Meanwhile, the king had petitioned the Pope to enjoin the obedience of the English prelates to the constitutions. He refused; but, not to break with the king, granted a legatine commission to the Archbishop of York, one of Becket's enemies. In the spring of 1164, the death of the Antipope Octavian took place; an event not likely to further Henry's plans. The summer was passed in negotiation between the king, the Pope, and the archbishop. But Henry, weary of this long-drawn delay, and bent on crushing the refractory primate, assembled a council at Northampton, in October. At this council Becket was arraigned on a most contemptible charge of treason, and condemned to suffer confiscation of all his goods. Old Henry of Winchester, sorely against his will, was forced to pronounce this harsh sentence. His persecutor, not content with this, next called him to answer for the proceeds of the church offices which had been vacant while he was chancellor. In vain did he plead the solemn release which he had received on the day of his consecration. The tide had set strongly against him. The barons, regarding him as a fallen man, withdrew their wonted courtesies. Not a few of the bishops had grown lukewarm, and some pressed him to resign his office. For four days, without flinching, he faced the malice of false friends and cruel foes. A violent disorder, brought on probably by anxiety and fatigue, confined him for a day to his bed. The next morning, having somewhat recovered his strength, and taking with him a portion of the consecrated wafer as a talisman, he entered the castle-hall, bearing his official cross, and with the words, "My cross is the sign of peace; the king's sword is an instrument of war," took his seat. The king's justiciary came to pass judgment upon him. But the archbishop, rising hastily, refused to hear the judgment, and having placed himself and his church under the protection of the apostolic see, and summoned the bishops before that tribunal, turned, amidst the scoffs of the crowd, to leave the hall. We hardly know a finer scene for the painter or dramatist, than when he turned upon the king's natural brother, who had called him traitor, with the exclamation," If it were not for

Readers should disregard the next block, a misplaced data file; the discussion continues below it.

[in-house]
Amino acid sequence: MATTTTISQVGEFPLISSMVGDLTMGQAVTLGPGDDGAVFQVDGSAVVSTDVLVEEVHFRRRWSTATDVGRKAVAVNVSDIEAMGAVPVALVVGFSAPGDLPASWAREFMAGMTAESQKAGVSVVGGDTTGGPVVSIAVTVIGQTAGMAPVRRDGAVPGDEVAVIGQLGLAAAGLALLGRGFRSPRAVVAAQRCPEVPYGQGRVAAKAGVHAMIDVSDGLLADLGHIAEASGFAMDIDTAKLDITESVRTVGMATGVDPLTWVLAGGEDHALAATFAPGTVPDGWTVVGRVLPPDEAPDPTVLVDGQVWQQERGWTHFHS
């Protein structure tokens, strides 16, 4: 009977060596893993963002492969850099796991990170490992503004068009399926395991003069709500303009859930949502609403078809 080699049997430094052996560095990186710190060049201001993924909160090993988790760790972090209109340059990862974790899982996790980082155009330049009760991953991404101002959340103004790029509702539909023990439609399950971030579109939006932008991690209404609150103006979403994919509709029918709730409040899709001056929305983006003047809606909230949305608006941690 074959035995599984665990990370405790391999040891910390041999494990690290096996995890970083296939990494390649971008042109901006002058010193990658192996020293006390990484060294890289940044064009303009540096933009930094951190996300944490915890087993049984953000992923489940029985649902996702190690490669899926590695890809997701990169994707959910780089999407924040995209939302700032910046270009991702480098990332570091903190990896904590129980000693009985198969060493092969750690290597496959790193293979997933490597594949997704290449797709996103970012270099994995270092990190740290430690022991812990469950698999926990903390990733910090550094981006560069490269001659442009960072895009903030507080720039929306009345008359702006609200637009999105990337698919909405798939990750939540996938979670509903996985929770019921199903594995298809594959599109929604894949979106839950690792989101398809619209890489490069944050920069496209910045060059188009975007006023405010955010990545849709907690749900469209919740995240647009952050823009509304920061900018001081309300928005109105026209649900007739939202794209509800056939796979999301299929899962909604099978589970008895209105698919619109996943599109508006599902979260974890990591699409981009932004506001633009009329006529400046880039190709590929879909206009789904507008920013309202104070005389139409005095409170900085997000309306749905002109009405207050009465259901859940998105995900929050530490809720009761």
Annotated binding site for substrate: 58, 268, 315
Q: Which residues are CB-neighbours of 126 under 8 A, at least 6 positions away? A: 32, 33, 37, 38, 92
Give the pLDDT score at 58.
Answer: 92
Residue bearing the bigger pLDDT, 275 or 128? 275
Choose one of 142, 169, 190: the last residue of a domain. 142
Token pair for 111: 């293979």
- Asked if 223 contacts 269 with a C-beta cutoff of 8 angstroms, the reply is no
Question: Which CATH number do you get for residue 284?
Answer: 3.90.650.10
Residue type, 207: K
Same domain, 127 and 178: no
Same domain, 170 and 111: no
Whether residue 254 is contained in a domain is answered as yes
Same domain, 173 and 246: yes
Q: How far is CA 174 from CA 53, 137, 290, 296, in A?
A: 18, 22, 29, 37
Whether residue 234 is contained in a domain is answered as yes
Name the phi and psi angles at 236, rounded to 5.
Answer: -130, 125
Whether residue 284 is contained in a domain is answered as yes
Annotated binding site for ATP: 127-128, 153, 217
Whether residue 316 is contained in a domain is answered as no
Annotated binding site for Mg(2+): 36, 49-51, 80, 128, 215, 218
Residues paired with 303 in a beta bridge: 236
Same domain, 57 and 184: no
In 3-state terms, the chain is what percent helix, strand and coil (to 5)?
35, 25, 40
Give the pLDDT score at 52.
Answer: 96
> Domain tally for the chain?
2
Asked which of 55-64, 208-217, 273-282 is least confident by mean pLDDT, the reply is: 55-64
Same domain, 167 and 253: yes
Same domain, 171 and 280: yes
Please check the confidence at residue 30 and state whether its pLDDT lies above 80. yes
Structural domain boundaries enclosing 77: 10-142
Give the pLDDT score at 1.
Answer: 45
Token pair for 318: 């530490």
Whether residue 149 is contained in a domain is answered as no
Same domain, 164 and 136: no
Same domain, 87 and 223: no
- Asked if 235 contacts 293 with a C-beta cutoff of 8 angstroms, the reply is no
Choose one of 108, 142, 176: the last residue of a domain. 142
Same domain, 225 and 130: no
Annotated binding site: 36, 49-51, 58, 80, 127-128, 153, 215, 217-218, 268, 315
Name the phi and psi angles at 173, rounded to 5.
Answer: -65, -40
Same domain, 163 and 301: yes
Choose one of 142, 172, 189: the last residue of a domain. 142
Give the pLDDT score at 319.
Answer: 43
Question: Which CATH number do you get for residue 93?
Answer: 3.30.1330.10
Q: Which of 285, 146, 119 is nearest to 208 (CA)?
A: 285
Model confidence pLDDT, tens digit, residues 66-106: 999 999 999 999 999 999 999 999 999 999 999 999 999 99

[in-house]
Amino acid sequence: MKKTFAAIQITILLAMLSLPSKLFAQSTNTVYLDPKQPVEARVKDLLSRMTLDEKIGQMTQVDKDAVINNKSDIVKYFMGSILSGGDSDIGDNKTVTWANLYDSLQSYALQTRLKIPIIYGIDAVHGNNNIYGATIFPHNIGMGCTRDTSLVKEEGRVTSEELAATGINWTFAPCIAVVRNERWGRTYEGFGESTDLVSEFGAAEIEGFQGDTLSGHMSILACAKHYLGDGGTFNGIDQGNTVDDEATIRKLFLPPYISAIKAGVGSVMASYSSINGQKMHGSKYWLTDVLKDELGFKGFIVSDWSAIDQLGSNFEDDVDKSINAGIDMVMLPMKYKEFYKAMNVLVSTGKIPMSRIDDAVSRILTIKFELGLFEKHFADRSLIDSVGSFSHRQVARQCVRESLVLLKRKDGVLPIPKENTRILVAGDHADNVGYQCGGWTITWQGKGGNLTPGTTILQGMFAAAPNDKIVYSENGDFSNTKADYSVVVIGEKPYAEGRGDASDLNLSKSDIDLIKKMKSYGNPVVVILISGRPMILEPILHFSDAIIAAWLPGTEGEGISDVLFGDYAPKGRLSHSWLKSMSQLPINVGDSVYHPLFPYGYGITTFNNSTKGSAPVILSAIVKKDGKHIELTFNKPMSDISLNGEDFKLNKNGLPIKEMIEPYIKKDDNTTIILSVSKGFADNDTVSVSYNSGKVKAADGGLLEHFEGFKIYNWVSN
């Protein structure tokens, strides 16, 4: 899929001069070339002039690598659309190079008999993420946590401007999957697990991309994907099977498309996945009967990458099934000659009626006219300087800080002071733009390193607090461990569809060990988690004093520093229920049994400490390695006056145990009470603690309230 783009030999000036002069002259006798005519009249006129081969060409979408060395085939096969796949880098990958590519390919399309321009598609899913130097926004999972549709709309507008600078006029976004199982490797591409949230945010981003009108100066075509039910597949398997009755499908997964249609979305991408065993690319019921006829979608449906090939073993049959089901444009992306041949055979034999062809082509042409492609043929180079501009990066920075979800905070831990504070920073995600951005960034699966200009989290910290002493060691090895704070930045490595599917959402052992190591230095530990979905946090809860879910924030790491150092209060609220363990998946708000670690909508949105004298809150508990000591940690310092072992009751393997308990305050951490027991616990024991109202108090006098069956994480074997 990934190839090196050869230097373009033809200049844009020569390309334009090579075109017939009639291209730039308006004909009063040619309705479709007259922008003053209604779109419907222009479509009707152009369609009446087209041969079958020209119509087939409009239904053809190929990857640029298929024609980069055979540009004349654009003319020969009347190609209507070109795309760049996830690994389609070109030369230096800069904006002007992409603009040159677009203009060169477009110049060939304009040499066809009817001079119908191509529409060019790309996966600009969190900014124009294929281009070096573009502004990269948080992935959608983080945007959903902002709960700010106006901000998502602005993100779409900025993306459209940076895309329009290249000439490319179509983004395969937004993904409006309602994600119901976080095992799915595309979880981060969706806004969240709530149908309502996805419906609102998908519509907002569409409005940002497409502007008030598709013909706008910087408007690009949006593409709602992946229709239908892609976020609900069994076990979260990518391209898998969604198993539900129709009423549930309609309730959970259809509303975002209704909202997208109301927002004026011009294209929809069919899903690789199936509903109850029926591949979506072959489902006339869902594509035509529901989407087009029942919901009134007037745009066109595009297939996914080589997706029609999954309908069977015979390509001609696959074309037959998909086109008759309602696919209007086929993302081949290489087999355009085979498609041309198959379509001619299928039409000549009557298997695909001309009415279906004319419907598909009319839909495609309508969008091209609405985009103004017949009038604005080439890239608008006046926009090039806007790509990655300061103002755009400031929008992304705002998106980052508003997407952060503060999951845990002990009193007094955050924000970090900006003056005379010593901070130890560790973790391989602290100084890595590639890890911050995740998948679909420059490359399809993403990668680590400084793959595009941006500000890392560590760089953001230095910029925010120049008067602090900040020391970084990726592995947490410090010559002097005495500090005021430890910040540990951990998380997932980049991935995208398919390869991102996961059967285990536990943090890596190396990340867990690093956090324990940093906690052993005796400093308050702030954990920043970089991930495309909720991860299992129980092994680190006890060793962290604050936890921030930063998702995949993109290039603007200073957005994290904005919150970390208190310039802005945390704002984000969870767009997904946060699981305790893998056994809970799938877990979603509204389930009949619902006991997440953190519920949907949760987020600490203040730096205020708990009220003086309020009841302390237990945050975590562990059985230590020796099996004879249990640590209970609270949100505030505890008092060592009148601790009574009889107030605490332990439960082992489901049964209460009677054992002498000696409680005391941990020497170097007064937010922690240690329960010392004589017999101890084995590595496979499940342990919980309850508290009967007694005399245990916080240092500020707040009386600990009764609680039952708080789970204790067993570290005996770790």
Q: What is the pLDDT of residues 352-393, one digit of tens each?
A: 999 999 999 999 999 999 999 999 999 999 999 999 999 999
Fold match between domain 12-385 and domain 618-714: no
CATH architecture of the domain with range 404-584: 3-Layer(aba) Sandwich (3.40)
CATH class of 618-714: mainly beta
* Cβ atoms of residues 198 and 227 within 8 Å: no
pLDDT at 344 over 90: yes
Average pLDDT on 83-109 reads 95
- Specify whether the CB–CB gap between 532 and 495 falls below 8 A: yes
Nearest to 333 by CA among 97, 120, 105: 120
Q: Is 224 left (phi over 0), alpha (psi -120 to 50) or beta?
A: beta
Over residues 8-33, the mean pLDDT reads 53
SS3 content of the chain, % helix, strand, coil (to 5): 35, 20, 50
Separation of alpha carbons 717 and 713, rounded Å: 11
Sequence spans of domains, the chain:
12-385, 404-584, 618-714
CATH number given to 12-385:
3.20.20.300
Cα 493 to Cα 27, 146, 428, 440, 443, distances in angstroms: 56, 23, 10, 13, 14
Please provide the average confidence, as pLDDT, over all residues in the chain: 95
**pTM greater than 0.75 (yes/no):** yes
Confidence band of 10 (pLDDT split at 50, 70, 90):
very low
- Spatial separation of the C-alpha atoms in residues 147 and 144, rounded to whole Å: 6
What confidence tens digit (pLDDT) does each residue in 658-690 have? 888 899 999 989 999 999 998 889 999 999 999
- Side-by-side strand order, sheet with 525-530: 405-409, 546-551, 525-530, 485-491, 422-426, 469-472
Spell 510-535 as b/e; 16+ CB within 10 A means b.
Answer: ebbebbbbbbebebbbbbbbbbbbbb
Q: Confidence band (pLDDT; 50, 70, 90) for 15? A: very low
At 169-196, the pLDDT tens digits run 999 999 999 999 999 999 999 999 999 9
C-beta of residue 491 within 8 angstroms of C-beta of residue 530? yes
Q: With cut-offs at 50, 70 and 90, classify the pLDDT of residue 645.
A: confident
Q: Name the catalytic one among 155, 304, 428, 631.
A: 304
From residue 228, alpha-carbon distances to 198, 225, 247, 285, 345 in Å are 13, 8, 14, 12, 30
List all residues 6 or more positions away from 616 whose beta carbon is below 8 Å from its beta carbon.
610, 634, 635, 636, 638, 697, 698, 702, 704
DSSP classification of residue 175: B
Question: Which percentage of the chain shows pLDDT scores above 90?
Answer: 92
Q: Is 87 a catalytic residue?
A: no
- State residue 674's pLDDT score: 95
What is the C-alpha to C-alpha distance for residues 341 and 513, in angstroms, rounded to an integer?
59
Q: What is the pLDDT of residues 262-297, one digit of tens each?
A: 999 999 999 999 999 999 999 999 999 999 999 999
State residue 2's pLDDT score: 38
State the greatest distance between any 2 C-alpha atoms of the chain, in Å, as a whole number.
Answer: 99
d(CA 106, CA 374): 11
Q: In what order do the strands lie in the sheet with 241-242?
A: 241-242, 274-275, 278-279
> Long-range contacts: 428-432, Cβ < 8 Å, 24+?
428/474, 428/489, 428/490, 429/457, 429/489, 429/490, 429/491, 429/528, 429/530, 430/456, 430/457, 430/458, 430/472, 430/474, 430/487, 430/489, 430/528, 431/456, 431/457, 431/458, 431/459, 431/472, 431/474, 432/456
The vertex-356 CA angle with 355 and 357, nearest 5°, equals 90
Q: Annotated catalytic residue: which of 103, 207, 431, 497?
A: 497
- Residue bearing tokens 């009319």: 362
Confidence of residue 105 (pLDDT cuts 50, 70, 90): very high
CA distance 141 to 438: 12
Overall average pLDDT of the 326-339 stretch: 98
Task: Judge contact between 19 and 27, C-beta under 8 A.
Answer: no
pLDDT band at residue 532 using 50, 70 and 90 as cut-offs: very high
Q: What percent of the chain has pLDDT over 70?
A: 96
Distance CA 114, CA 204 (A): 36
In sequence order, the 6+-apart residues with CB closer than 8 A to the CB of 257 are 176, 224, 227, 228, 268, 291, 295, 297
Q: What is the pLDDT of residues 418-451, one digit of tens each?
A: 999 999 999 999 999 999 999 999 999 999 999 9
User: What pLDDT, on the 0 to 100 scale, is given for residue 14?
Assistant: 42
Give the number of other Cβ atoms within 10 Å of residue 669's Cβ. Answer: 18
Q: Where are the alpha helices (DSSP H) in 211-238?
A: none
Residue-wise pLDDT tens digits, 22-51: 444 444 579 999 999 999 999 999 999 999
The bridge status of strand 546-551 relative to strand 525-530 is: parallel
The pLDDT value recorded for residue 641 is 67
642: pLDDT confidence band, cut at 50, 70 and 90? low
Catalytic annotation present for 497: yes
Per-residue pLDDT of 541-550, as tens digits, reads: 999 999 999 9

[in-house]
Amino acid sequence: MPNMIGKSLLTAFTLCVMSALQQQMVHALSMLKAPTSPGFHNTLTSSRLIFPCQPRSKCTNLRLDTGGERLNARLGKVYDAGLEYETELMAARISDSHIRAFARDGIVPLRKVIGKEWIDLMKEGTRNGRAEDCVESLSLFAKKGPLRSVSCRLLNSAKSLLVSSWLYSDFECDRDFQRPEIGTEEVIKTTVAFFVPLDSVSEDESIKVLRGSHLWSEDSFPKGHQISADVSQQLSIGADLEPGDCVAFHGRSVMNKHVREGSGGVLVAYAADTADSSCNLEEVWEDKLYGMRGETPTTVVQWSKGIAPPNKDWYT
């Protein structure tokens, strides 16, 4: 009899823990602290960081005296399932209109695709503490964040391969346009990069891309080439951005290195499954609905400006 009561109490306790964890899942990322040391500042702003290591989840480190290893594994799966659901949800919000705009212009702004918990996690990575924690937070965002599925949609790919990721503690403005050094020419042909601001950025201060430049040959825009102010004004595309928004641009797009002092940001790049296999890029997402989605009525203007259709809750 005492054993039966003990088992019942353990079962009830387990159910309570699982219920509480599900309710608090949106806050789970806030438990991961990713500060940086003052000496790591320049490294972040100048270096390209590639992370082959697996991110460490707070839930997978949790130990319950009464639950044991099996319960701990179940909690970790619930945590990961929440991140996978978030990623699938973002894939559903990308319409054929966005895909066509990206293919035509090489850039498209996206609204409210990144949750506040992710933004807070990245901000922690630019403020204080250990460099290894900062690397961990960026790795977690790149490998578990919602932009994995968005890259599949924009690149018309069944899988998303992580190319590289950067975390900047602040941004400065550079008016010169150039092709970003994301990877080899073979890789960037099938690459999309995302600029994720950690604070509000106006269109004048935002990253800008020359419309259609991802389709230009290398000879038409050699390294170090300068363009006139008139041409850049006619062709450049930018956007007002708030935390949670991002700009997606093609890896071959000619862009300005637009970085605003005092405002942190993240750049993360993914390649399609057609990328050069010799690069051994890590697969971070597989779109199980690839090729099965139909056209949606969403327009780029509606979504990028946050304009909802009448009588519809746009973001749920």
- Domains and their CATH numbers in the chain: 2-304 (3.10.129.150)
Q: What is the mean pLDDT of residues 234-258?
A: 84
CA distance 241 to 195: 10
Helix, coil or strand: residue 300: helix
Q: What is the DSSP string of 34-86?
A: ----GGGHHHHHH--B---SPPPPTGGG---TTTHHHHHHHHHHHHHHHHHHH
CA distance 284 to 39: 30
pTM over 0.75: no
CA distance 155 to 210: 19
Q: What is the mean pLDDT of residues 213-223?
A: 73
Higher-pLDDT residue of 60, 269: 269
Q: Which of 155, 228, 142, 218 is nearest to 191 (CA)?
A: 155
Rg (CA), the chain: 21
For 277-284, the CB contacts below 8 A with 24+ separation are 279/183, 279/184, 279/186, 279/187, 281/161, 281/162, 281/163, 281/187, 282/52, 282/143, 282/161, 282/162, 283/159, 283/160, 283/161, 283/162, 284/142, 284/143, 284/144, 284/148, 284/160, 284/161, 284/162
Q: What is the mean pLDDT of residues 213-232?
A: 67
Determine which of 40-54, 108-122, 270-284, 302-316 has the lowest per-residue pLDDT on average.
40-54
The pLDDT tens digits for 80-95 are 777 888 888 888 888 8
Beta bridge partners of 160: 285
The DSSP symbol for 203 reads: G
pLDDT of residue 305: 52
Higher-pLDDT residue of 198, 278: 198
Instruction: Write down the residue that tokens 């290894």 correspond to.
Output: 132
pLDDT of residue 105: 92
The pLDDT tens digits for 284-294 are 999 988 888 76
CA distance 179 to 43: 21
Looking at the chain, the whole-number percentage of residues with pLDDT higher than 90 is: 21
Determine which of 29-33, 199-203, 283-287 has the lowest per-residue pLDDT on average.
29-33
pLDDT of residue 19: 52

my sacred office, my sword should answer that foul speech." Leaving the town, he passed to the monastery where he lodged, attended by a "glorious procession," as he styled it, of the poor, whom he invited to sup with him. After supper, he conferred with the few knights and clerks who had not abandoned him, on his future measures. One of them was despatched to Canterbury, to collect as much money as possible. In company with three others, Becket took horse, in the midst of a dark and rainy night, and rode fifty miles before dawn. Passing in disguise from place to place, after eight days, he reached the coast of Kent; and at length, on the 2d of November, the twentieth day after his departure from Northampton, he crossed over in an open boat, in tempestuous weather, to the coast of Flanders. He was not yet out of danger. The lord of the district in which he had landed had an old grudge against him, and would gladly have arrested him. Becket, also, had nearly betrayed himself to a party of young men, by a too sportsman-like interest in a falcon which one of them bore on his wrist. He was saved by the ready tact of one of his companions. At Gravelines, again, his "great stature, high forehead, fine hands, and noble bearing, and the easy liberality with which he gave the most delicate bits of his supper to the children," excited the suspicions of his landlord. But the publican, though he had taken counsel of his better half, kept the secret like a good Christian, and contented himself with thanking the saints for the honor of entertaining such a man. Becket lost no time in pushing on towards the French king's dominions, where he had reason to expect a favorable reception.